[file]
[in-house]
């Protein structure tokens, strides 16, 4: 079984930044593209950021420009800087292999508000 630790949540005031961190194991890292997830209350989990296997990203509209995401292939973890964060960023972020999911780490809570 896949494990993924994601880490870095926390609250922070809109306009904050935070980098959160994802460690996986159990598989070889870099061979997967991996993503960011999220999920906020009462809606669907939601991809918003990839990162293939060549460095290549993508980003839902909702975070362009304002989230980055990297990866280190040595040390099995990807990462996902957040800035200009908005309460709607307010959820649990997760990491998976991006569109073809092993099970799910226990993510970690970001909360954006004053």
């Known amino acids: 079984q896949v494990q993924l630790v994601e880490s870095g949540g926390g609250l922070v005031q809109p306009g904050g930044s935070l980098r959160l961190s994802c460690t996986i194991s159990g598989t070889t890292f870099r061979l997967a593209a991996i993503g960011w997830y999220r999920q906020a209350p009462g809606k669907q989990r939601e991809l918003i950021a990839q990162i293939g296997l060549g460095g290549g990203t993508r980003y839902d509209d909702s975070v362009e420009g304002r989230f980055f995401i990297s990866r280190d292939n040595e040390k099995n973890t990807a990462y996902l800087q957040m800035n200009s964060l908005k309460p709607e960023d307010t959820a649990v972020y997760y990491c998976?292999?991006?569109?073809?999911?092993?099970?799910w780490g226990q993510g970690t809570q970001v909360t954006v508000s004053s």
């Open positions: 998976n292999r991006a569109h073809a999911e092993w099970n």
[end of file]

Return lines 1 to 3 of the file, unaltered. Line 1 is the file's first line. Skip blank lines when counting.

[in-house]
């Protein structure tokens, strides 16, 4: 079984930044593209950021420009800087292999508000 630790949540005031961190194991890292997830209350989990296997990203509209995401292939973890964060960023972020999911780490809570 896949494990993924994601880490870095926390609250922070809109306009904050935070980098959160994802460690996986159990598989070889870099061979997967991996993503960011999220999920906020009462809606669907939601991809918003990839990162293939060549460095290549993508980003839902909702975070362009304002989230980055990297990866280190040595040390099995990807990462996902957040800035200009908005309460709607307010959820649990997760990491998976991006569109073809092993099970799910226990993510970690970001909360954006004053």
């Known amino acids: 079984q896949v494990q993924l630790v994601e880490s870095g949540g926390g609250l922070v005031q809109p306009g904050g930044s935070l980098r959160l961190s994802c460690t996986i194991s159990g598989t070889t890292f870099r061979l997967a593209a991996i993503g960011w997830y999220r999920q906020a209350p009462g809606k669907q989990r939601e991809l918003i950021a990839q990162i293939g296997l060549g460095g290549g990203t993508r980003y839902d509209d909702s975070v362009e420009g304002r989230f980055f995401i990297s990866r280190d292939n040595e040390k099995n973890t990807a990462y996902l800087q957040m800035n200009s964060l908005k309460p709607e960023d307010t959820a649990v972020y997760y990491c998976?292999?991006?569109?073809?999911?092993?099970?799910w780490g226990q993510g970690t809570q970001v909360t954006v508000s004053s």